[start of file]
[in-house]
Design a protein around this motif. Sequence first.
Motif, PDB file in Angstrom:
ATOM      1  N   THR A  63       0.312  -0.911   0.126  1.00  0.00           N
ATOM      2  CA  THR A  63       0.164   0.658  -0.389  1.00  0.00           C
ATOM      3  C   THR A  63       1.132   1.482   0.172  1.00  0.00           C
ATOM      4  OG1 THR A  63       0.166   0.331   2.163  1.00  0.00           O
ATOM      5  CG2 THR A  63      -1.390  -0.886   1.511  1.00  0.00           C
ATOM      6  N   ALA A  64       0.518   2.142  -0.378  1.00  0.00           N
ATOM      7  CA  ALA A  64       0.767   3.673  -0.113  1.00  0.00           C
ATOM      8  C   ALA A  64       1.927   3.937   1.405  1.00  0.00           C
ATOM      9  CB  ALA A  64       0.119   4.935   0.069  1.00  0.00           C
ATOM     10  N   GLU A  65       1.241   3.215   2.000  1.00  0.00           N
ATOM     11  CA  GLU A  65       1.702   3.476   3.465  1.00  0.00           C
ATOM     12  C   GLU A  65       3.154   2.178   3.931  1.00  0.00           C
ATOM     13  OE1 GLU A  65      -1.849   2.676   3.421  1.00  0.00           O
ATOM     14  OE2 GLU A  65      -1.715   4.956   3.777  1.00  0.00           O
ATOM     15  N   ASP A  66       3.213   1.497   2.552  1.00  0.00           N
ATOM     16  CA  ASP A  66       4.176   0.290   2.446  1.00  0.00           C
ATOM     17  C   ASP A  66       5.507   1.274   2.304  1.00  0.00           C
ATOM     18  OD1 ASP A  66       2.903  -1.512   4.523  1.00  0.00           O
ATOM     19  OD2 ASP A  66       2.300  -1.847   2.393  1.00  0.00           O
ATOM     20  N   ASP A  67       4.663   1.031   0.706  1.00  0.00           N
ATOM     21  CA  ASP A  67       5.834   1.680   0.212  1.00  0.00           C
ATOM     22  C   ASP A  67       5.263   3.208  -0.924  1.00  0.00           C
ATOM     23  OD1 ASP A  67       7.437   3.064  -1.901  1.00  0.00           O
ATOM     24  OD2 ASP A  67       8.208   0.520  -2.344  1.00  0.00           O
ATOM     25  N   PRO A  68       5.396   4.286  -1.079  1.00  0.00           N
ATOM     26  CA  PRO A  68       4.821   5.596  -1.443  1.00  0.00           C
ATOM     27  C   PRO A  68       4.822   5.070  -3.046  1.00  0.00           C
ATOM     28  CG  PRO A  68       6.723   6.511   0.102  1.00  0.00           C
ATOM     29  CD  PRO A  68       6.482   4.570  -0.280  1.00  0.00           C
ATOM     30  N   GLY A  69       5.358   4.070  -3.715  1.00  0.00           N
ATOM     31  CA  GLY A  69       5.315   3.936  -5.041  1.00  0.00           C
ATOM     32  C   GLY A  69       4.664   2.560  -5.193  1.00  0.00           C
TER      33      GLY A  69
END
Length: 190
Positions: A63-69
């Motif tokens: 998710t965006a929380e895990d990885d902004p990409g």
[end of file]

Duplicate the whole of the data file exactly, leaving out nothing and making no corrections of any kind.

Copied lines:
[in-house]
Design a protein around this motif. Sequence first.
Motif, PDB file in Angstrom:
ATOM      1  N   THR A  63       0.312  -0.911   0.126  1.00  0.00           N
ATOM      2  CA  THR A  63       0.164   0.658  -0.389  1.00  0.00           C
ATOM      3  C   THR A  63       1.132   1.482   0.172  1.00  0.00           C
ATOM      4  OG1 THR A  63       0.166   0.331   2.163  1.00  0.00           O
ATOM      5  CG2 THR A  63      -1.390  -0.886   1.511  1.00  0.00           C
ATOM      6  N   ALA A  64       0.518   2.142  -0.378  1.00  0.00           N
ATOM      7  CA  ALA A  64       0.767   3.673  -0.113  1.00  0.00           C
ATOM      8  C   ALA A  64       1.927   3.937   1.405  1.00  0.00           C
ATOM      9  CB  ALA A  64       0.119   4.935   0.069  1.00  0.00           C
ATOM     10  N   GLU A  65       1.241   3.215   2.000  1.00  0.00           N
ATOM     11  CA  GLU A  65       1.702   3.476   3.465  1.00  0.00           C
ATOM     12  C   GLU A  65       3.154   2.178   3.931  1.00  0.00           C
ATOM     13  OE1 GLU A  65      -1.849   2.676   3.421  1.00  0.00           O
ATOM     14  OE2 GLU A  65      -1.715   4.956   3.777  1.00  0.00           O
ATOM     15  N   ASP A  66       3.213   1.497   2.552  1.00  0.00           N
ATOM     16  CA  ASP A  66       4.176   0.290   2.446  1.00  0.00           C
ATOM     17  C   ASP A  66       5.507   1.274   2.304  1.00  0.00           C
ATOM     18  OD1 ASP A  66       2.903  -1.512   4.523  1.00  0.00           O
ATOM     19  OD2 ASP A  66       2.300  -1.847   2.393  1.00  0.00           O
ATOM     20  N   ASP A  67       4.663   1.031   0.706  1.00  0.00           N
ATOM     21  CA  ASP A  67       5.834   1.680   0.212  1.00  0.00           C
ATOM     22  C   ASP A  67       5.263   3.208  -0.924  1.00  0.00           C
ATOM     23  OD1 ASP A  67       7.437   3.064  -1.901  1.00  0.00           O
ATOM     24  OD2 ASP A  67       8.208   0.520  -2.344  1.00  0.00           O
ATOM     25  N   PRO A  68       5.396   4.286  -1.079  1.00  0.00           N
ATOM     26  CA  PRO A  68       4.821   5.596  -1.443  1.00  0.00           C
ATOM     27  C   PRO A  68       4.822   5.070  -3.046  1.00  0.00           C
ATOM     28  CG  PRO A  68       6.723   6.511   0.102  1.00  0.00           C
ATOM     29  CD  PRO A  68       6.482   4.570  -0.280  1.00  0.00           C
ATOM     30  N   GLY A  69       5.358   4.070  -3.715  1.00  0.00           N
ATOM     31  CA  GLY A  69       5.315   3.936  -5.041  1.00  0.00           C
ATOM     32  C   GLY A  69       4.664   2.560  -5.193  1.00  0.00           C
TER      33      GLY A  69
END
Length: 190
Positions: A63-69
């Motif tokens: 998710t965006a929380e895990d990885d902004p990409g």